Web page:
Individual differences |
Methods | Statistics | Clinical | Educational | Industrial | Professional items | World psychology |
|ICD-10|| R634 Abnormal weight loss|
Unintentional weight loss
The loss of weight associated with a chronic illness is referred to as cachexia. Unexpected, unintentional weight loss is a common symptom of illness and should be evaluated by a healthcare professional.
Poor management of Type 1 diabetes mellitus (IDDM) can be a cause of significant weight loss. Lack of insulin triggers the release of fatty acids into blood from adipose tissue, as well as the release of protein from muscle tissue. This causes a reduction in both lean tissue and fatty tissue mass. Also of interest is to consider the weight loss as a product of the energy imbalance, because much biochemical energy is lost in the urine due to the excretion of glucose (glycosuria) and ketone bodies.
Medications, lack of fluid intake, or illnesses such as diabetes can trigger fluid loss.
Intentional weight loss
Weight loss may refer to the loss of total body mass in an effort to improve fitness, health, and/or appearance.
Therapeutic weight loss, in individuals who are overweight, can decrease the likelihood of developing diseases such as diabetes . Overweight and obese individuals are also at greater risk of health conditions, such as type 2 diabetes, coronary heart disease, high blood pressure, and osteoarthritis . For healthy weight loss, a physician should be consulted to develop a weight loss plan that is tailored to the individual.
Weight loss occurs when an individual is in a state of negative energy balance. When the human body is losing more chemical energy in work and heat than it is gaining from food or other nutritional supplements, it will catabolise stored reserves (or fat) inside the body.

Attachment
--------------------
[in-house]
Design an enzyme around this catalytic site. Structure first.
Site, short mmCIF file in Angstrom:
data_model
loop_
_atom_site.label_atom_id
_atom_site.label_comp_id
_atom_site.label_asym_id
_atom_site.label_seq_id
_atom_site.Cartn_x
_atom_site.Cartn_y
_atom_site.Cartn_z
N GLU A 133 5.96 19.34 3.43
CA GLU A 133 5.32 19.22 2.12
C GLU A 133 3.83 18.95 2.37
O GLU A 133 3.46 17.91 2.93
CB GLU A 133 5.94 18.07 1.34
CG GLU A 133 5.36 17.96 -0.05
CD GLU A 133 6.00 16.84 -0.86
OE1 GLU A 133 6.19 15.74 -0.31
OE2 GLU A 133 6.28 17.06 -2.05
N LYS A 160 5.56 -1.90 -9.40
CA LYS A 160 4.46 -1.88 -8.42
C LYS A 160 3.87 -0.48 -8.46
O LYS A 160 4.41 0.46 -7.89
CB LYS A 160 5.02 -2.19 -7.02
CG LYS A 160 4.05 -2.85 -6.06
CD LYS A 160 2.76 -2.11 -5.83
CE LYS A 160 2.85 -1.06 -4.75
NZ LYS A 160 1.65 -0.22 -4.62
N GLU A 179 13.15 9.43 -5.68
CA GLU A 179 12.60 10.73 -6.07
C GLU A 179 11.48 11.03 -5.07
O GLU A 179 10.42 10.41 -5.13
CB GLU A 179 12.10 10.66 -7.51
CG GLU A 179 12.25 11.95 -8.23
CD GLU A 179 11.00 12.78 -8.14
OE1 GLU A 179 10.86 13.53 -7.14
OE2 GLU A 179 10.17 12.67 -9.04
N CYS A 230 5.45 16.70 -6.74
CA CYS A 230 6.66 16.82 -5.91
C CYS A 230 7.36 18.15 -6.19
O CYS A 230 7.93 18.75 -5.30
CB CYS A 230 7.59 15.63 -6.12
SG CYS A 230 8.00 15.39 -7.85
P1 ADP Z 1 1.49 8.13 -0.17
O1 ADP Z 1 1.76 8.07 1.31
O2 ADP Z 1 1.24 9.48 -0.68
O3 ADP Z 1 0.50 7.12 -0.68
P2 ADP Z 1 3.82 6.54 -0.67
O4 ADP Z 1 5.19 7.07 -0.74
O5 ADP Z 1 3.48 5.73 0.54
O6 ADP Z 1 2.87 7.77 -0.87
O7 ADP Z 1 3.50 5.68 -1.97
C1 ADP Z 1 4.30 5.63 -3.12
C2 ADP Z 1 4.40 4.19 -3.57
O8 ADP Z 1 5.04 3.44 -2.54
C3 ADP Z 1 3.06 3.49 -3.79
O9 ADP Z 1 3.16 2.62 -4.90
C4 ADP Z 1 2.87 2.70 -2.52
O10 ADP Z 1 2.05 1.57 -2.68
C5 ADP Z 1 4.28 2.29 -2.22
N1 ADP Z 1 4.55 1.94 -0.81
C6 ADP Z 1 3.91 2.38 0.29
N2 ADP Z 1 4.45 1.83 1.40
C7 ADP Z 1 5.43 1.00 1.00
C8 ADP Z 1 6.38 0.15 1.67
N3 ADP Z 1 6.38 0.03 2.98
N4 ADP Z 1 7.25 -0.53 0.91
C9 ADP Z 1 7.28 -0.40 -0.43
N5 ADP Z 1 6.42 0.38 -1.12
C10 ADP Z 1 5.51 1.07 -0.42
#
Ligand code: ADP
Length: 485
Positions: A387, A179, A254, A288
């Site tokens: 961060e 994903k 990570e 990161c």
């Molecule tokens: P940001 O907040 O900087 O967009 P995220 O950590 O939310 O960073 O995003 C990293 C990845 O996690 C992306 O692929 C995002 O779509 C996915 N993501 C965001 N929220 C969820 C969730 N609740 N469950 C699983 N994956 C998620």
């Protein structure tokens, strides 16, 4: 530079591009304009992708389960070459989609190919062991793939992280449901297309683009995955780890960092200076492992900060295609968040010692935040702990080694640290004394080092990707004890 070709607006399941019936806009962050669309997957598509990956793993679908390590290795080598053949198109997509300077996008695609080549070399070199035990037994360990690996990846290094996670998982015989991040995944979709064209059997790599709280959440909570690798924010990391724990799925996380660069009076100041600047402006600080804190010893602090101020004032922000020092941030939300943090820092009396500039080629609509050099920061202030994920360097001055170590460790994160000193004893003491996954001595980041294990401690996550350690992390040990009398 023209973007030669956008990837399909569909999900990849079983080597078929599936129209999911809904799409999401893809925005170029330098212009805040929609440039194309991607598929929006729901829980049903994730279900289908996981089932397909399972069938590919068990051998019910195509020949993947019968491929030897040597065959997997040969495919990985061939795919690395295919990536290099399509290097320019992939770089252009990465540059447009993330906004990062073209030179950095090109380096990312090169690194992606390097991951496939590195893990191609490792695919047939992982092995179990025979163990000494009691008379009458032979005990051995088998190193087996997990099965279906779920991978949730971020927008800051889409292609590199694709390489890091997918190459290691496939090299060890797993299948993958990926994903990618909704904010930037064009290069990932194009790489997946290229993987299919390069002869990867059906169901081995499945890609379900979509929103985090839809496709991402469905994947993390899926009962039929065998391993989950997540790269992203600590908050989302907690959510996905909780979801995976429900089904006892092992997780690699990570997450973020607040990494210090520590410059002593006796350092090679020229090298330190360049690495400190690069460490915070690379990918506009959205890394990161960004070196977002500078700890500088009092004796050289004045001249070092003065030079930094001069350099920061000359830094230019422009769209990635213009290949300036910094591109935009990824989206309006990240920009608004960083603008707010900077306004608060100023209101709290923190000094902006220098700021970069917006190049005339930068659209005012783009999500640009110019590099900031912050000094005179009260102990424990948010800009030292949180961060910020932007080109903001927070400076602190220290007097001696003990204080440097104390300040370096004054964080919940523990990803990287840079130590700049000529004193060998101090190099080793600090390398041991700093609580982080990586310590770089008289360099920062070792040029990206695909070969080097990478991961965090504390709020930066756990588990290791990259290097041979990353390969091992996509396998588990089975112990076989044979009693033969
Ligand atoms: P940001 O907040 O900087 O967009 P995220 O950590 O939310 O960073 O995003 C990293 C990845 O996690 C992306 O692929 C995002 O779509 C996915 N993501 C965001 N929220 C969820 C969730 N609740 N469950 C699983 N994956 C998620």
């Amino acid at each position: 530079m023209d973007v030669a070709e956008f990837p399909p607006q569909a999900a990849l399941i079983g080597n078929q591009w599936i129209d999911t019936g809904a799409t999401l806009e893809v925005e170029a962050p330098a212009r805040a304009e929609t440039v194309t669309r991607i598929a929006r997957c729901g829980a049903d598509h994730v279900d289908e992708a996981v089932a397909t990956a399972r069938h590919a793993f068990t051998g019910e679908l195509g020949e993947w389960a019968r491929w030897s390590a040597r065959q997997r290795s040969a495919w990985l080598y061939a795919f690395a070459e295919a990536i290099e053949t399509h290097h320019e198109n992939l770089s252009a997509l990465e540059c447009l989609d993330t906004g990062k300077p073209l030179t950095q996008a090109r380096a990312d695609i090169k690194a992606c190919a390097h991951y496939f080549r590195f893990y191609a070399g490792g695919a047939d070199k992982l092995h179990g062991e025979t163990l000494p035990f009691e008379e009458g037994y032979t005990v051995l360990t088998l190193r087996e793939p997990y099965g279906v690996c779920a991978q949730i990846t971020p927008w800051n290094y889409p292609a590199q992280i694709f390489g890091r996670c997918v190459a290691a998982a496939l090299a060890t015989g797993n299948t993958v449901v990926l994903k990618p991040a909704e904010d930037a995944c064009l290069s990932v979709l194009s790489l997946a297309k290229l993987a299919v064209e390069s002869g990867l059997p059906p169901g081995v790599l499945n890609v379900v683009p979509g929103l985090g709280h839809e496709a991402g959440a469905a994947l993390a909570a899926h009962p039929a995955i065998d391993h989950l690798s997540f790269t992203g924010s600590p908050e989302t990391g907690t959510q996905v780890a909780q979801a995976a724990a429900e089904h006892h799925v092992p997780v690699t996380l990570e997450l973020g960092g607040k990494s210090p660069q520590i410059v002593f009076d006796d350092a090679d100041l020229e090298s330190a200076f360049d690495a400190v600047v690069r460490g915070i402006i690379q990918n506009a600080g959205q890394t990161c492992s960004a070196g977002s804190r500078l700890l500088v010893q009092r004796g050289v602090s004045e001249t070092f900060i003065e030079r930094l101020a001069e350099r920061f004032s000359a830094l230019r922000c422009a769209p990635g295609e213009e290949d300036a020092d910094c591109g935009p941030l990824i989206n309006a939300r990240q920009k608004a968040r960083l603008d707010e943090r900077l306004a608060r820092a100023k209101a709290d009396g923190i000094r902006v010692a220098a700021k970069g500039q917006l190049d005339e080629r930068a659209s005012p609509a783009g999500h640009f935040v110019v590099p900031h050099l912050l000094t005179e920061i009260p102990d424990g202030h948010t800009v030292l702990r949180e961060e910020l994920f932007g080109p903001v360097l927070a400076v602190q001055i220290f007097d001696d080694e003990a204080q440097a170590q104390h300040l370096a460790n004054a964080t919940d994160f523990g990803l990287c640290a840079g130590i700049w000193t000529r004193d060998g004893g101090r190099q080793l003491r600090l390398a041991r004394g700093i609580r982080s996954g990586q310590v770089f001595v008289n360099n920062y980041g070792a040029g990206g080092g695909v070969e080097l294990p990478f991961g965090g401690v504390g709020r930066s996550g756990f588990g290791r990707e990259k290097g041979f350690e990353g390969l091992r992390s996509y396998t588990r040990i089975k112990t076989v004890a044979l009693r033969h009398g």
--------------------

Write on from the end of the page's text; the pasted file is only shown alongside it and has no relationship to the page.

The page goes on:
It is not uncommon for people who are already at a medically healthy weight to intentionally lose weight. In some cases it is with the goal of improving athletic performance or to meet weight classifications in a sport. In other cases, the goal is to attain a more attractively shaped body. Being underweight is associated with health risks. Health problems can include fighting off infection, osteoporosis, decreased muscle strength, trouble regulating body temperature and even increased risk of death.
Therapeutic weight loss techniques
The least intrusive weight loss methods, and those most often recommended by physicians, are adjustments to eating patterns and increased physical exercise.
Raw vegetables are low in calories, high in nutrient density. Eating high quantities in blended or liquid form is a way to consume fewer calories and enjoy a feeling of satiation as body cells receive the nutrients they need. Other methods of losing weight include use of drugs that decrease appetite, as well as surgery. Liposuction is the surgical removal of fat from targeted areas beneath the skin. Bariatric surgery artificially reduces the size of the stomach, reducing the intake of food energy. Some of these treatments may have serious side-effects.
See also, dieting.
Weight loss industry
There is a huge market for products which promise to make weight loss easier, quicker,cheaper,reliable, or less painful. These include books, CDs, and other materials, fitness centers, personal coaches, weight loss groups, and food products and supplements. Americans spend an estimated $30 billion a year on all types of diet programs and products, including diet foods and drinks.
- ↑ PubMed PMID: 16477562
- ↑ Overactive thyroid and weight loss
- ↑ Diabetes Study Shows Value In Diet, Exercise, september 2001
- ↑ Prevalence of various medical conditions increases with overweight and obesity
- ↑ Mayo Clinic: Being Underweight Poses Health Risks. Retrieved January 13,2007
- ↑ Choosing a Safe and Successful Weight Loss Program
- ↑ US Food and Drug Administration: The Facts About Weight Loss Products and Programs
- MedlinePlus – National Institutes of Health
- U.S. government site on dieting
- Losing Weight Information
- Weight-control Information Network
- U.S. FDA - Losing Weight Safely
|This page uses Creative Commons Licensed content from Wikipedia (view authors).|